In 1773 when the Dominican Padres arrived to assume responsibility for Mission San Ignacio from the Franciscans, they prepared an inventory which tells of a 'church of adobe, with roof of sticks' and a partially completed 'strong church with two towers'. The adobe church in El Rincón was the church that the native people knew for many years. The stone mission we see today was completed in 1787, with one tower on the left and 4 tall stone finials to balance the roof line.
A Walk up the El Camino Real is more of a hike. Walk south passing the Centro Salud. As the road curves left, pass one right fork and when the road turns sharply left, go straight along the right side of a low rock wall once painted white, toward the hill. This is the trail the padres used. Climb up the trail passing Cerro Tepayac on your left. On the right a side trail leads to a small canyon of graceful Torote (Elephant Tree). Farther along a pile of white stones marks a side trail to the left to a shrine of the Virgen de Guadalupe. Continuing straight brings you to another pile of white stones marking a right turn to the lovely trails of Mesa del Rincón. (Map available at Casa Lereé.)
A Walk to the Lake begins at the N.W. Corner of the Plaza. Here homes obscure and partially incorporate the right wing of the mission, La Troje (the granary). A sidewalk leads alongside old grape vines and orchard trees, watered on Wednesday from Acequia La Misión. Below, the ponds of Las Ciénagas (the swamps) appear. La Cantina offers beer by a green pool. On the left is El Padrino Campground, where you camp under the palms with your RV or tent, eat good food in the large palapa restaurant and arrange tours to watch whales or visit the caves. Outside the rock wall on the right of El Padrino Campground you can walk or drive down the rough arroyo road.
On your right is the Desert Inn, with a beautiful interior decorated in the classic style of old Mexico and Restaurant Las Cazuelas. The sidewalk continues through los palmares, groves of date palms groomed by hand during a public works project in the spring of 2004. Piscadores worked high in the palms, swinging machetes to cut the dead leaves, while men, women and children loaded the debris onto trucks to be carried to the basurero and burned. You can see places where the fires of 2007 and 2009 have cleaned the palms in a more violent way.
At the lake you will see more open water than has been visible in modern times. The government provided a small floating dredge to clear the lake edge of the abundant Arundo donax, here called Carrizo. The lake is formed by a series of springs beginning high in Arroyo San Ignacio at the Ojo de Agua (eye of the water). From the highway above, you can see where groves of native fan palms Palmas de Taco begin at the upper spring. The dam at the entry road creates a sinuous lake winding far up the arroyo, with a background of Cerro Colorado. Before dawn in winter, a light mist rises from the water.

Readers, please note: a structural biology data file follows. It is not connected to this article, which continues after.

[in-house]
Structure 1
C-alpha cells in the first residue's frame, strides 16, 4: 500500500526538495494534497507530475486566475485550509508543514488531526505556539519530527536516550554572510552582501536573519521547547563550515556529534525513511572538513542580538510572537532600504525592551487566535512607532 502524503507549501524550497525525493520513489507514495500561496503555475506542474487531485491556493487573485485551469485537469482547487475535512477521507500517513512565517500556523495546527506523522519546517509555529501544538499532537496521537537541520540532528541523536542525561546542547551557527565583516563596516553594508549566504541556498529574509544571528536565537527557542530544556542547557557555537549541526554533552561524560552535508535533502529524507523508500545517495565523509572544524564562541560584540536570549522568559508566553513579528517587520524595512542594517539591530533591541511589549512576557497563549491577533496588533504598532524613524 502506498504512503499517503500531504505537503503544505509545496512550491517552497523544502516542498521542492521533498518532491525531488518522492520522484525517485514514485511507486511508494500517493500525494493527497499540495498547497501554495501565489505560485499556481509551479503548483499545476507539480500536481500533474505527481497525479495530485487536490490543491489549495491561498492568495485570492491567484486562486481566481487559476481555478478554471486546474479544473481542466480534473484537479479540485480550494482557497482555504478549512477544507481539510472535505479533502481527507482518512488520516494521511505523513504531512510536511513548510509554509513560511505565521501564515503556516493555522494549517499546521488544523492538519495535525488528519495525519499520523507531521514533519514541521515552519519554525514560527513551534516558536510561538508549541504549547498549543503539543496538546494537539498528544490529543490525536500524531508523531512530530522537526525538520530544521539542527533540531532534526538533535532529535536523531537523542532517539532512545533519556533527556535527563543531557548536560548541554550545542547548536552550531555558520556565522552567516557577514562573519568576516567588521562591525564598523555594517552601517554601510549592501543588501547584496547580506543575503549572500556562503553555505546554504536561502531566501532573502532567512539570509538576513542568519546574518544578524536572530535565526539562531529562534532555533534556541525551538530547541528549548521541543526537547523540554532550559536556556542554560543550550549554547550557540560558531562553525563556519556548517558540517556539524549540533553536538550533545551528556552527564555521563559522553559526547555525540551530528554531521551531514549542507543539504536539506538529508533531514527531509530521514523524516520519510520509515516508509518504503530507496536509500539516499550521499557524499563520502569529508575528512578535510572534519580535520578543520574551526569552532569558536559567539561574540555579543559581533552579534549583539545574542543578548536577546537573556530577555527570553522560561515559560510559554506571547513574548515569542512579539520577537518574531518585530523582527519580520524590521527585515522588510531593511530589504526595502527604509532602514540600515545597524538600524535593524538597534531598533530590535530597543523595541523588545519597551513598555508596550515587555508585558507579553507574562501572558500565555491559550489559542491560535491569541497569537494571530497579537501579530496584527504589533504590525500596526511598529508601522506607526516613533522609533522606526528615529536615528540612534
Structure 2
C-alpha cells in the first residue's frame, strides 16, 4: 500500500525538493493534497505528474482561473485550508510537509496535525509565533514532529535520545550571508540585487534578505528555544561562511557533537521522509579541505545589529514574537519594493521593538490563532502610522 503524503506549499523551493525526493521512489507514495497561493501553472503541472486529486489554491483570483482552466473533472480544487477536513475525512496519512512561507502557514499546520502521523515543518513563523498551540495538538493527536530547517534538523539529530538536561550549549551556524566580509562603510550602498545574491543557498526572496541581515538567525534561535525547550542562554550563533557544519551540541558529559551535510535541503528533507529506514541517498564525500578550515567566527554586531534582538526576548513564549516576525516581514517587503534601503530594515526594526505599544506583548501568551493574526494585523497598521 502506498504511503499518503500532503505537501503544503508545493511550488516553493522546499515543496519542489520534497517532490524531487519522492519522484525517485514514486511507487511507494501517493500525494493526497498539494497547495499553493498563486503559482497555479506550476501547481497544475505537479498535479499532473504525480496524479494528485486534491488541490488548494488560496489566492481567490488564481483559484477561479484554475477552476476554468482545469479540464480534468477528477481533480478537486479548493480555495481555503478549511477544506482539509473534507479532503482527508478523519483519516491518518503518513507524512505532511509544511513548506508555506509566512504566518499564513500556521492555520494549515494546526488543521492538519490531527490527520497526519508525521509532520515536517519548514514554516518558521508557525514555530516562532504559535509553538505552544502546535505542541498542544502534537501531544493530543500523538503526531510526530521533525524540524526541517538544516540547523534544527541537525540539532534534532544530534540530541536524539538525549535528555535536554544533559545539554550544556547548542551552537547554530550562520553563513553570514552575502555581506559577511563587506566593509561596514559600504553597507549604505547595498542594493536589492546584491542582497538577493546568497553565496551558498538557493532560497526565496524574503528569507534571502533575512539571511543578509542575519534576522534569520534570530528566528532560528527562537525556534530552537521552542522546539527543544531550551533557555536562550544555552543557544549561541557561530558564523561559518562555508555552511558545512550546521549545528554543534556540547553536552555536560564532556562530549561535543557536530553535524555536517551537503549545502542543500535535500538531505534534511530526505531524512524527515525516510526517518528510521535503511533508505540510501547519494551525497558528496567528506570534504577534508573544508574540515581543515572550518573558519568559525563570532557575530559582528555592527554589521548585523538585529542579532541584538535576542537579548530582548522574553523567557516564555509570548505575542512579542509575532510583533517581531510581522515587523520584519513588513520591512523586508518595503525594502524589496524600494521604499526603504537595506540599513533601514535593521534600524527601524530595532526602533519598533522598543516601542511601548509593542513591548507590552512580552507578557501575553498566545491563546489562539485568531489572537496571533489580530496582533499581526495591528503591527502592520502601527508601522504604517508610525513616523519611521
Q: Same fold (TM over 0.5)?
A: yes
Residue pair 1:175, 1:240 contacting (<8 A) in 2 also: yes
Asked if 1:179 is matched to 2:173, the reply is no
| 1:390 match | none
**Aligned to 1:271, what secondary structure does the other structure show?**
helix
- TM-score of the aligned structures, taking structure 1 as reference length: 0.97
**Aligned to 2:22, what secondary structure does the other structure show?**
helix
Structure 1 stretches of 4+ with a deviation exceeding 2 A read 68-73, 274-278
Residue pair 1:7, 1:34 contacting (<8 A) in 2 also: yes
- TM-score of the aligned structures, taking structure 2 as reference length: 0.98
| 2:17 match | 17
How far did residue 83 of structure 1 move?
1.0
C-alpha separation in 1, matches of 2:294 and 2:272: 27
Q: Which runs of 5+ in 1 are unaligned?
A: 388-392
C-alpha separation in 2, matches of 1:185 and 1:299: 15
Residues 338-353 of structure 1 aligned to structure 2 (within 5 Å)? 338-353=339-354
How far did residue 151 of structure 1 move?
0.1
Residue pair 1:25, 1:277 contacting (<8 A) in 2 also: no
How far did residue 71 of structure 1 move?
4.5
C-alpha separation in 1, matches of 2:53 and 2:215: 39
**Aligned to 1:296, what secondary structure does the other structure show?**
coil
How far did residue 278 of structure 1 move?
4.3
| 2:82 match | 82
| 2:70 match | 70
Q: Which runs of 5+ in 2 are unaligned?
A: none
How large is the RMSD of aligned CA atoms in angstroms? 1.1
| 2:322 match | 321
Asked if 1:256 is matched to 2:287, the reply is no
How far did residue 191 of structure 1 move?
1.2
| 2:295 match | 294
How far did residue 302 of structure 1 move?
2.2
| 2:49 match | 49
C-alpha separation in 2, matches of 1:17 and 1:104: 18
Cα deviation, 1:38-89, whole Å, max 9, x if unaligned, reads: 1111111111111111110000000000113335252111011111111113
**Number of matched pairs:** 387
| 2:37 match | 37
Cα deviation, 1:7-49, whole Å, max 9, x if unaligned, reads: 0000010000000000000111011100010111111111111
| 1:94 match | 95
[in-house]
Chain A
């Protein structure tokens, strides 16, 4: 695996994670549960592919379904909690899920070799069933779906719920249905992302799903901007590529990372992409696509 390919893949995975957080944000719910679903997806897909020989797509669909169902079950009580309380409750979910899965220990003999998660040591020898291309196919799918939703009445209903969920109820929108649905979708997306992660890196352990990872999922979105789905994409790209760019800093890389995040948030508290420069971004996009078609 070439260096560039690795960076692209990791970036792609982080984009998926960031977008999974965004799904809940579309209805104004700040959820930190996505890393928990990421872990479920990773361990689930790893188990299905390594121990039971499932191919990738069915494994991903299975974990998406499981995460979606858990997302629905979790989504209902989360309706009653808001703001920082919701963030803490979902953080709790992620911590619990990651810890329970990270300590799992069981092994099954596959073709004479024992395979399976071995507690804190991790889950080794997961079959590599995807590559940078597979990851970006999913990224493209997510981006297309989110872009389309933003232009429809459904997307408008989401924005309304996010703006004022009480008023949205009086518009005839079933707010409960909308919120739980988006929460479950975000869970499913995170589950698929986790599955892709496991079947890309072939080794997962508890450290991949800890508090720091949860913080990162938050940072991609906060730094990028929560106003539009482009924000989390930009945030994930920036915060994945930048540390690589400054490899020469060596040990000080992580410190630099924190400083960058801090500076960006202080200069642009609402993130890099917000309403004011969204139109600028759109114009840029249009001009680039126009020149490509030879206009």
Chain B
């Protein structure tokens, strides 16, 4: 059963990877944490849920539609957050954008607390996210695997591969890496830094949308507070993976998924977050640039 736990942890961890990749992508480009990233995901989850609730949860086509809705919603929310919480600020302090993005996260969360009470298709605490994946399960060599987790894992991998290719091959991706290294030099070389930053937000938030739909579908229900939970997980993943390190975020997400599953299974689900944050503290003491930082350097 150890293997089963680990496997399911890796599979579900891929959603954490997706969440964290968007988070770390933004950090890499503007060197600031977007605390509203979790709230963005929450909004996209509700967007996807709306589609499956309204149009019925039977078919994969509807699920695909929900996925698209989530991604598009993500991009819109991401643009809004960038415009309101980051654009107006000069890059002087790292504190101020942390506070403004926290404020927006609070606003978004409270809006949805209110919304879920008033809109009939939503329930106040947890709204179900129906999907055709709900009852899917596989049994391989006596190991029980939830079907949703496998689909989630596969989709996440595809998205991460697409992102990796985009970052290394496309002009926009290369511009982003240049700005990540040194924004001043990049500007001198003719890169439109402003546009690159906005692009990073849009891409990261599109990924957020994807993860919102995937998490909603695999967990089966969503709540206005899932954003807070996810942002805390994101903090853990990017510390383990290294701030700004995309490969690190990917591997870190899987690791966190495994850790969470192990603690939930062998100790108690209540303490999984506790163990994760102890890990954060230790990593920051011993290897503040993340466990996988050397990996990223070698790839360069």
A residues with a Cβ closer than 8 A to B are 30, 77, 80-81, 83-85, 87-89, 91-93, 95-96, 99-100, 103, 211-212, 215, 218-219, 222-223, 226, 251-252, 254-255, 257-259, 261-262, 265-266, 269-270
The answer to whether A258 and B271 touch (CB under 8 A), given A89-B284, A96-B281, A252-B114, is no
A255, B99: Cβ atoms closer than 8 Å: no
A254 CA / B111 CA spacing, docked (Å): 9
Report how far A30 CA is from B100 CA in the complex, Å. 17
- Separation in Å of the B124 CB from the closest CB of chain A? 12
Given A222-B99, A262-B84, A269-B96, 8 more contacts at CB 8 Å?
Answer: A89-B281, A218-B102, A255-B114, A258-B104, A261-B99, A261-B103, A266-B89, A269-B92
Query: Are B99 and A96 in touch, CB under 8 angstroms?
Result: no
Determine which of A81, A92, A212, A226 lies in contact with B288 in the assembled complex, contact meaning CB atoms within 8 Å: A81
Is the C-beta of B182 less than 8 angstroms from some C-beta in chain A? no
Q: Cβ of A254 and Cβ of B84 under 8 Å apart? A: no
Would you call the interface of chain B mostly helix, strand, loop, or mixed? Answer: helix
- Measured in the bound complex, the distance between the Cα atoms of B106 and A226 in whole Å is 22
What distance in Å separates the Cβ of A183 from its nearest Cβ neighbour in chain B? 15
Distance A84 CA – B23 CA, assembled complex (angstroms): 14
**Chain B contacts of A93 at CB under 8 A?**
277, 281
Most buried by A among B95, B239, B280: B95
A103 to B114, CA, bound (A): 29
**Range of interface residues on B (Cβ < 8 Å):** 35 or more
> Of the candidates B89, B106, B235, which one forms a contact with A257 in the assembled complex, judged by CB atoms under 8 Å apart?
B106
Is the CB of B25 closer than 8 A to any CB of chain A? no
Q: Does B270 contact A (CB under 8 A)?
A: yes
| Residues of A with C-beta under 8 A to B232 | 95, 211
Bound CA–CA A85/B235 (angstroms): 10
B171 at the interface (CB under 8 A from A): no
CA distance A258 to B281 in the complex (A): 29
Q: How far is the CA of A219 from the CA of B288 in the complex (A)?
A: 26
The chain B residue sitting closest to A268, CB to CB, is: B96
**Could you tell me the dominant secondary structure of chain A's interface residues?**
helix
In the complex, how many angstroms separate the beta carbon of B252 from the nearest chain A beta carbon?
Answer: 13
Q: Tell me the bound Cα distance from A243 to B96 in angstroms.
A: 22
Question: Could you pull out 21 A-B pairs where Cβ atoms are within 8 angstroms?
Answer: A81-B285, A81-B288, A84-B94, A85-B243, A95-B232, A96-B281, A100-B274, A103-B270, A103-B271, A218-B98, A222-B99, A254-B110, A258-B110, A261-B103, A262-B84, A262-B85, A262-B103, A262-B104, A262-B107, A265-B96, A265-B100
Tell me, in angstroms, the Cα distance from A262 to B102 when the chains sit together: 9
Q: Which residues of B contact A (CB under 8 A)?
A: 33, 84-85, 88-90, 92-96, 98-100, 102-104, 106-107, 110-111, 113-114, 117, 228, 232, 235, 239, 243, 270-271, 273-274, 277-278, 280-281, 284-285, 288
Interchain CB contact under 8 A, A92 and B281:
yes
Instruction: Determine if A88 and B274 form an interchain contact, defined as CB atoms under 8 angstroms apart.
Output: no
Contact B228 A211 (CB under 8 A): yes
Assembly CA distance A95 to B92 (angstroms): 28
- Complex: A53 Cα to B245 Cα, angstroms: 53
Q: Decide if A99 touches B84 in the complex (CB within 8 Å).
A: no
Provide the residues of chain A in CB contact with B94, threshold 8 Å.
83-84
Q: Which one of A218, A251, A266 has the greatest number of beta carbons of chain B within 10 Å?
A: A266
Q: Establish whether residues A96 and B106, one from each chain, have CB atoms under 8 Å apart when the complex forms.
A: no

Beside the lake, my friend and guide Manuel Pilar has created the lovely Campo Los Petates, where you can shelter under palapas and enjoy foot pedal boats and hot showers. Our small business groups meet under his large palapa and I can keep one eye on the cormorants in the water and the other on work. Manuel is a fine guide with a comfortable van and has taken me to discover two significant local petroglyph sites. After crossing the dam you may find a baseball game in our newly improved campo. After school each day the smaller children, 40 boys and 20 girls, attend a baseball school here. On Sundays the regional adult teams compete.
Canadians Terry and Gary Marcer have found a way for visitors to live comfortably by the lake in their luxuriously furnished yurts at Ignacio Springs Resort. A dock and ladder make swimming, kayaking and fishing easy. A full Canadian-style breakfast with espresso is served all day in the palapa dining room The Bistro. Homemade soup and pie are served for lunch and dinners provided by reservation.
Next door at Don Chon's Lakeside RV campground you can camp by the water under the palms, swim and enjoy the rowboat. Though there is only an outhouse, the site is superb and inexpensive. Drive in and choose your palmsite. Around the bend is Nano Fong’s Restaurant and Motel. Nano is an artist in stone and has built his newest guest room by hand. He also is a magician and sings to the melodies of his sweet mandolin.